Watershed management experiences in Amhara Region, Ethiopia

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Presented by Fentahun Mengistu at the Stakeholders’ Workshop on Enhancing Communities’ Adaptive Capacity to Climate Change Induced Water Scarcity in Kabe Watershed, South Wollo Zone, Wollo University, Dessie, Ethiopia, 24-25 November 2011.

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Watershed management experiences in Amhara Region, Ethiopia

  1. 1. Watershed Management Experiences in Amhara Region Fentahun Mengistu (Dr.) Amhara Regional Agricultural Research Institute (ARARI) Stakeholders’ Workshop on Enhancing Communities’Adaptive Capacity to Climate Change Induced Water Scarcity in Kabe Watershed, South Wollo Zone Wollo University, Dessie, Ethiopia, 24-25 November 2011
  2. 2. Why Watershed Approach?• Land degradation seriously Food Insecurity and Poverty Trap: affects livelihoods and food Interrelationships between key security in Ethiopia challenges• Land degradation arises: soil erosion- steep slopes, continuous encroachment and cultivation of marginal lands deforestation overgrazing negative coping strategies (animal dung burning , charcoal, reduced rotation, etc.)• has political, social and economic To combat the land degradation-food implications insecurity-poverty nexus, a holistic approach: watershed management
  3. 3. CommonPractices
  4. 4. Commonout comes
  5. 5. Commonout comes
  6. 6. Commonout comes
  7. 7. Elements and characteristics of watershed• Biophysical (water, land, • Socio-economic vegetation) • population• climate (rainfall, altitude, and winds), drainage and • farming systems water, • social setups• soil, vegetation, specific • economic activities topographic features (gradient and length of • vulnerability profile slope, shape and direction • gender and past/current erosion features (rill, gullies, land slides,etc).• Land use: homesteads, cultivated land, grazing land,
  8. 8. PWDP as a foundation for sustainable agricultural development in rural Ethiopia• CBPWD Guideline• 5 Yrs GTP: on Natural Resources Management and Climate Change: In all areas which require physical soil and water conservation works will be fully implemented through proactive and organized community participation• Amhara rural development strategy: a conservation based, watershed focused development approach• watershed focused NRM campaign as of last year with organized community participation ( Development Army, 20-30 people, 1 to 5 work team)• Almost all BI-lateral/Multi-lateral projects/NGOs follow IWM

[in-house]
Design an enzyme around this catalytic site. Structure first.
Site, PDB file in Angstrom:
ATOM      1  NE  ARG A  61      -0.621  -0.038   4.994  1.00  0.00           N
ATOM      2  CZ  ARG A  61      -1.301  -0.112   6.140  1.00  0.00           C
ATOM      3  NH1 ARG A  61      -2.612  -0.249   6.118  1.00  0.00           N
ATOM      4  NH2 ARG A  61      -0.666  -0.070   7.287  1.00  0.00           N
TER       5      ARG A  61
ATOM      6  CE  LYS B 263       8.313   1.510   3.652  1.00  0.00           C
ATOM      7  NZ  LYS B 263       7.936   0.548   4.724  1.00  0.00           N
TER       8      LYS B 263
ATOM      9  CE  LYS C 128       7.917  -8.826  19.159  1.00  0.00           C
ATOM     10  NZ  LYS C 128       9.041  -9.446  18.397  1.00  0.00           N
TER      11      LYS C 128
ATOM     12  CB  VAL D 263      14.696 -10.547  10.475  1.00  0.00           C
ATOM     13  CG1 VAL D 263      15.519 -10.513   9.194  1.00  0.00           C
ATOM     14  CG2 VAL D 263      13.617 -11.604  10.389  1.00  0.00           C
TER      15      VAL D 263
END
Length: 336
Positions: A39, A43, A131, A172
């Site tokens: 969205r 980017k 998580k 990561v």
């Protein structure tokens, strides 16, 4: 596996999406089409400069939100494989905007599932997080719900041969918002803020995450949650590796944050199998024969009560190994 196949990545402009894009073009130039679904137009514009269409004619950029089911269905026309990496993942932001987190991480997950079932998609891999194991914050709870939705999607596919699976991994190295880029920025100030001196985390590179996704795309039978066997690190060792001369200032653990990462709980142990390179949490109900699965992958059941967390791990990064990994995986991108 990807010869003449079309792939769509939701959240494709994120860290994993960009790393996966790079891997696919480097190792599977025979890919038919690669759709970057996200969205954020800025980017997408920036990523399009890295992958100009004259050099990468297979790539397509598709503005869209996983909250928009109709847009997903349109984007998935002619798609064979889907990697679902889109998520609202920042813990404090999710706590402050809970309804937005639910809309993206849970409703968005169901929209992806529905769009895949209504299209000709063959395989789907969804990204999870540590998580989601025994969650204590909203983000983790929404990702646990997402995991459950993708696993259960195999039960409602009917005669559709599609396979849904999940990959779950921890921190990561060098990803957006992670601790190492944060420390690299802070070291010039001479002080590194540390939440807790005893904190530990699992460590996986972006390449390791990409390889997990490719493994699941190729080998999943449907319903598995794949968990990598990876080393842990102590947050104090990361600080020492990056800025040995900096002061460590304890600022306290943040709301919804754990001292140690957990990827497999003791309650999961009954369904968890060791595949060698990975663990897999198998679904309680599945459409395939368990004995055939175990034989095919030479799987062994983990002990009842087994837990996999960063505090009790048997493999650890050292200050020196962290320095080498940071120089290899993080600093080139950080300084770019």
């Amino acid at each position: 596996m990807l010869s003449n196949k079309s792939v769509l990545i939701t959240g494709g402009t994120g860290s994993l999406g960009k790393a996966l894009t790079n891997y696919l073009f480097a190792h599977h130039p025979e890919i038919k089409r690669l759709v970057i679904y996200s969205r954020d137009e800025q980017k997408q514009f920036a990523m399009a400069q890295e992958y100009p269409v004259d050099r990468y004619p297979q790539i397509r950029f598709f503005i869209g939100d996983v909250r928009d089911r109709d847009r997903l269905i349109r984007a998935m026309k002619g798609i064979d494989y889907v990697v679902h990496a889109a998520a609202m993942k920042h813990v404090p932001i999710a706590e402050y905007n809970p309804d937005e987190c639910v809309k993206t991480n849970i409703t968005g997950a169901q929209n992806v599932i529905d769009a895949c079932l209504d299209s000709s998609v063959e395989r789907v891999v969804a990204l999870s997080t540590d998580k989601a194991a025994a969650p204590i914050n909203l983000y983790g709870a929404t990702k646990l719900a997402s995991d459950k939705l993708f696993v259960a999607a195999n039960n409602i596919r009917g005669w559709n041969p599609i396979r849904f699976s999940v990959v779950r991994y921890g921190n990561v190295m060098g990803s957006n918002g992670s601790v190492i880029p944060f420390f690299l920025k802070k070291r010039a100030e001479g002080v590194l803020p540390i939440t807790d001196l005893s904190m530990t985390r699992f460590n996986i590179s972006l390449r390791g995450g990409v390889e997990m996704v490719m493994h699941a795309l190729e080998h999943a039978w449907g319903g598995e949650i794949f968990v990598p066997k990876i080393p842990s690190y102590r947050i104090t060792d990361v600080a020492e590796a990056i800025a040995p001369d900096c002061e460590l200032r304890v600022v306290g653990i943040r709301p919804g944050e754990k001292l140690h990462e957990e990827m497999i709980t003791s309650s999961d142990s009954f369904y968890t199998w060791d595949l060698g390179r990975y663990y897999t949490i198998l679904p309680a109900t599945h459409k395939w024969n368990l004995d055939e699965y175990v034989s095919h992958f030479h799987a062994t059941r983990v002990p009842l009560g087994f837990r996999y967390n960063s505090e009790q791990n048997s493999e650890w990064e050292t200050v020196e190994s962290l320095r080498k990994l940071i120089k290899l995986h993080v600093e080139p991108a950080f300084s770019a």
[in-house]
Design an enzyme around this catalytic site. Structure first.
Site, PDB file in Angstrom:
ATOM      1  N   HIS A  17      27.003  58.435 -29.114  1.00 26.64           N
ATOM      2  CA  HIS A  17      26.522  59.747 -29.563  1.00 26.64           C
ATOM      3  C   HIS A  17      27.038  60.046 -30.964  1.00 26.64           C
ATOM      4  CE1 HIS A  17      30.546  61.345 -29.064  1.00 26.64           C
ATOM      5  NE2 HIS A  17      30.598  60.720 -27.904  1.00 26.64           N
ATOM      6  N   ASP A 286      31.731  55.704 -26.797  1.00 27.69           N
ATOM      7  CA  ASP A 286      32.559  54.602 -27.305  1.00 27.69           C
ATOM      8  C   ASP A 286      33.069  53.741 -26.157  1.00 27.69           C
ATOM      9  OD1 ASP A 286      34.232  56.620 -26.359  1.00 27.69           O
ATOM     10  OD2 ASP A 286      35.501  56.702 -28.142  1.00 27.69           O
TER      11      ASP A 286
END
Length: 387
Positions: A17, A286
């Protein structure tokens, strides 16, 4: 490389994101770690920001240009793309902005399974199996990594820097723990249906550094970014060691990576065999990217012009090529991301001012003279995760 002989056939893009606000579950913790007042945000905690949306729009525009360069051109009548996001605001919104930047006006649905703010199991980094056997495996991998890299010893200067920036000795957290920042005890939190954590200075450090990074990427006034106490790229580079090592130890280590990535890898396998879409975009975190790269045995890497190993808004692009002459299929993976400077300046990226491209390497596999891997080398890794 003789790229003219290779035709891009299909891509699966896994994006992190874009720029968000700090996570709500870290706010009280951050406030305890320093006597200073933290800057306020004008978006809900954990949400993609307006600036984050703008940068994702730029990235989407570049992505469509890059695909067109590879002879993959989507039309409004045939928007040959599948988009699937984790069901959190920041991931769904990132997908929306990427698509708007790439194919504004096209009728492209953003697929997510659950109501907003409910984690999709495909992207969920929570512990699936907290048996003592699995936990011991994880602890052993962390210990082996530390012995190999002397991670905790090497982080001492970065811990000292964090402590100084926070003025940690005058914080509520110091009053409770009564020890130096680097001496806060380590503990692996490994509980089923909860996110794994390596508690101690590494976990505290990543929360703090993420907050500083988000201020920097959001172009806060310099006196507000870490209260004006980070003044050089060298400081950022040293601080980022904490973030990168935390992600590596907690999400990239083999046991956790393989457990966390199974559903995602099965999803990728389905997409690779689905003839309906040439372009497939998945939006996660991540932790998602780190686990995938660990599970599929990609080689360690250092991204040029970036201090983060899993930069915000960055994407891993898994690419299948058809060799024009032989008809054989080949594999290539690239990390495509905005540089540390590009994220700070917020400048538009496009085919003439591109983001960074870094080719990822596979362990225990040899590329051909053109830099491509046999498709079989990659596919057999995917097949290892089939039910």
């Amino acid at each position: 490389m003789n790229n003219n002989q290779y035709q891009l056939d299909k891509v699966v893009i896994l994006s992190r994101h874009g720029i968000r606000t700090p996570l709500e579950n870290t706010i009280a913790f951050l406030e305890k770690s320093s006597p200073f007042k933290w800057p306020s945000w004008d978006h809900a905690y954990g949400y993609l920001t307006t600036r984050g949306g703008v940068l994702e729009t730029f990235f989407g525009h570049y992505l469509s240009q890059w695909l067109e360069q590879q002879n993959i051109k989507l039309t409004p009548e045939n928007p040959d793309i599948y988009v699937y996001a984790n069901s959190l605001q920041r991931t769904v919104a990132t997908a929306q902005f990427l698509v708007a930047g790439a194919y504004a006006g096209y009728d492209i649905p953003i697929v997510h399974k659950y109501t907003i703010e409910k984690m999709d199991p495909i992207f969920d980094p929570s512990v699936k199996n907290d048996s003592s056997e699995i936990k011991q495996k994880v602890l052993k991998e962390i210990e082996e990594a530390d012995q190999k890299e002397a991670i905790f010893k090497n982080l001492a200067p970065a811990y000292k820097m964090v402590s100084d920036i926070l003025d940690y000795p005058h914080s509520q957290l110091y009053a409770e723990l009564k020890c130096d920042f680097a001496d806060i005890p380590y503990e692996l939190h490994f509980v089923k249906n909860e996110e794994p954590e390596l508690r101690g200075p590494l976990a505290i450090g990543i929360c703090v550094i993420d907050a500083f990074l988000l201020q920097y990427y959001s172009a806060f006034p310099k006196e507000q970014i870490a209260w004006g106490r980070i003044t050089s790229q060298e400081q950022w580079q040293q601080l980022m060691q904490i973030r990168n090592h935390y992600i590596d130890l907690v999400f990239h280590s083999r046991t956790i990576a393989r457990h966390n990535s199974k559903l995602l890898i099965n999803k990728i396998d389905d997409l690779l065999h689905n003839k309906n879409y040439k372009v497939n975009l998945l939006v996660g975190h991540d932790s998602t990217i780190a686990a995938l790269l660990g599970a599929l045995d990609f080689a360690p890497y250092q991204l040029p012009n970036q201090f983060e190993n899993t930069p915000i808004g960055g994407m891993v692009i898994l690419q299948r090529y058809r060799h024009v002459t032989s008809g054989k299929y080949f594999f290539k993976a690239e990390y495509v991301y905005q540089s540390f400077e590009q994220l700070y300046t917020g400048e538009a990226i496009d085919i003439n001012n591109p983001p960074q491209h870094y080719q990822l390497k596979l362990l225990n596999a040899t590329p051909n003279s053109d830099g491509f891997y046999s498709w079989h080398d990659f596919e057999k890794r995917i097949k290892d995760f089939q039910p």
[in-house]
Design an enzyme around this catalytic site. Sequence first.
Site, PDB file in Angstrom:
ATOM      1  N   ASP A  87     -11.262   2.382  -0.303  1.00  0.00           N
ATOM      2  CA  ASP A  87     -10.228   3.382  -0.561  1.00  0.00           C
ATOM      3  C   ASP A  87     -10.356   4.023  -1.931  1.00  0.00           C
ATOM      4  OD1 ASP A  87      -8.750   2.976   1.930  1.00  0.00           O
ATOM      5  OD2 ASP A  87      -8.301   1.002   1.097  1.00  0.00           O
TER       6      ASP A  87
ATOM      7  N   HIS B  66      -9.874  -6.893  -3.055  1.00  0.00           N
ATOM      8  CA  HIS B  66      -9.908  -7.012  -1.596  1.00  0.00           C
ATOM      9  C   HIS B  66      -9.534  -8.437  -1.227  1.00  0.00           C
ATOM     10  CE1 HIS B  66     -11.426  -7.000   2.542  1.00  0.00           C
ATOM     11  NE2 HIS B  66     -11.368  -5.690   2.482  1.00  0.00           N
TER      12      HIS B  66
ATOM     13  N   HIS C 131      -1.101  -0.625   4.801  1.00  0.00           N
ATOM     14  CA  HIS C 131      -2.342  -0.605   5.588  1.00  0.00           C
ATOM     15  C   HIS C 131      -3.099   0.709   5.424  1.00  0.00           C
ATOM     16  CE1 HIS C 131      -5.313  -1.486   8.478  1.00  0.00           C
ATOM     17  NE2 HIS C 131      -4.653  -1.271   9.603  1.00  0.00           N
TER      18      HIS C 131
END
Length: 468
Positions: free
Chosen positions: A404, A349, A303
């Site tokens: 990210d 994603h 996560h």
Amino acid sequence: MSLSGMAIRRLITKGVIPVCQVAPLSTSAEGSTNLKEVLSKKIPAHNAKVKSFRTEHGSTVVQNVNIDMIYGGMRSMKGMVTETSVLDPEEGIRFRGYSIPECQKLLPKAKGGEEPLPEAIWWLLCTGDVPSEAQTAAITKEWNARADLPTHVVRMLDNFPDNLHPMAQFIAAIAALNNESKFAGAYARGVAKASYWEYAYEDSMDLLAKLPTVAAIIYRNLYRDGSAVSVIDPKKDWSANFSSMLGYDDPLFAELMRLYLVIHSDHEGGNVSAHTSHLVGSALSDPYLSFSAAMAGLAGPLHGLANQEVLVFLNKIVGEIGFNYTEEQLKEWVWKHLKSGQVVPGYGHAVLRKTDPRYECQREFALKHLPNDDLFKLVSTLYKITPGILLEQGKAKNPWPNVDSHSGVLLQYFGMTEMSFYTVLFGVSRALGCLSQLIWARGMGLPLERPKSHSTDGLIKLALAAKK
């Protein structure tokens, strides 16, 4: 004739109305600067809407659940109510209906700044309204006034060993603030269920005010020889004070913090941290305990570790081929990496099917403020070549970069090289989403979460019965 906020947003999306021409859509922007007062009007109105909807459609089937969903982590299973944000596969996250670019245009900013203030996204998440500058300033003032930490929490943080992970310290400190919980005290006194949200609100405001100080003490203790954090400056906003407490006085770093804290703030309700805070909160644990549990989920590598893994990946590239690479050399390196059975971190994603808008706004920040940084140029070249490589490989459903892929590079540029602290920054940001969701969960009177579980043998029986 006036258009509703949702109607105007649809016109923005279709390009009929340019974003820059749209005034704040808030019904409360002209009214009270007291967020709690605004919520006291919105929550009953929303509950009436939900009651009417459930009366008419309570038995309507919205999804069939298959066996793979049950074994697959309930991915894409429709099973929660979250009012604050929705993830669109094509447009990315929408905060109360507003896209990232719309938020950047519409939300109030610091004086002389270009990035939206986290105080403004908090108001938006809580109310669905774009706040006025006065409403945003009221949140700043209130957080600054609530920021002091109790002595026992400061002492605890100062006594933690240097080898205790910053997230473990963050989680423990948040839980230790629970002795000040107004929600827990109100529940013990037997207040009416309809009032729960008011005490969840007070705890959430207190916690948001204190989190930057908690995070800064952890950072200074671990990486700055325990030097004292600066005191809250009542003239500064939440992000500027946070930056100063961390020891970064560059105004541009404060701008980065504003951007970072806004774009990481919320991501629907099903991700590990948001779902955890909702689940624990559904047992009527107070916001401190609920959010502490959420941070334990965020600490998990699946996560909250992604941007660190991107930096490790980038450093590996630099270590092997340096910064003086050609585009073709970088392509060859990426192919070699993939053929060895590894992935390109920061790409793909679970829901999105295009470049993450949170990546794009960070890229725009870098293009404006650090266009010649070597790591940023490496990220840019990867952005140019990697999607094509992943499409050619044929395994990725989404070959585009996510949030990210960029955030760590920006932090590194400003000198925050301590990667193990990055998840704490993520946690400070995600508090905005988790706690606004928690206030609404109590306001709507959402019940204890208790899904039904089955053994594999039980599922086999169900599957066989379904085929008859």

9. 9. PLANNING PROCEDURES AND STEPS
  10. 10. 1. Amhara Micro-enterprise development, Agricultural Research, Extension, and Watershed management (AMAREW) Project• Launched in July 2002• Focus: functional integration of on-farm research, extension, and watershed management activities• 3 pilot watersheds: Yeku (Sekota), Lenche Dima (Guba Lafto) and Gumet (Sekela)
  11. 11. Approach: multi-faceted and integrated ruraldevelopment activities in agricultural research, extension,watershed management and micro enterprisedevelopmentEngaged Research in testing a wide range of technologiesat the watersheds and to provide the Extension and otherdevelopment organizations with land use planning toolsand proven technologies for sustainable development andrehabilitationCommunity watershed management organization(CWMO) 12-32 members responsible for planning,implementing and monitoring the watersheddevelopment activities
  12. 12. Interventions madeI. Physical and biological soil & water conservation measures• Hill side and Farm land terrace• Check dam construction• Bund stabilization• Gully rehabilitation• Trench construction• Small Scale Dam construction• Micro basin , eye burrow basin• Improved pits , Cut-off drains• Hand dug well construction• Trapezoidal water tanks• Plastic bed water harvesting ponds• Forestry and agro forestry• Area closure
  13. 13. Gully Rehabilitation: Yeku watershed
  14. 14. Impacts of interventions on Wsheds• Hillside closure ,moisture harvesting • improved seeds at household and - seasonal spring flow extended by 2M community seed bank level - ground water at a depth of 8m • Poor farmer hhs- asset thr. goat• income from grasses sell and sheep restocking• Degraded gullies- feed and fuel wood • Food-for-work –facilitated upper• Water point -for human and livestock catchments land care activities,• Soil moisture harvesting , gully covered watershed community rehabilitation on degraded hillside & food gap farm lands maintained soil moisture for plant growth , assisted the • Gabion box production and fuel replenishment of ground water and saving stove production- extended stream flow period additional income, reduction of• vegetables and fruits thr. irrigation soil erosion and deforestation• Striga resistant sorghum varieties • Pilot Wsheds served as learning Gobiye and Abshir center for DAs, woreda experts and farmers in the region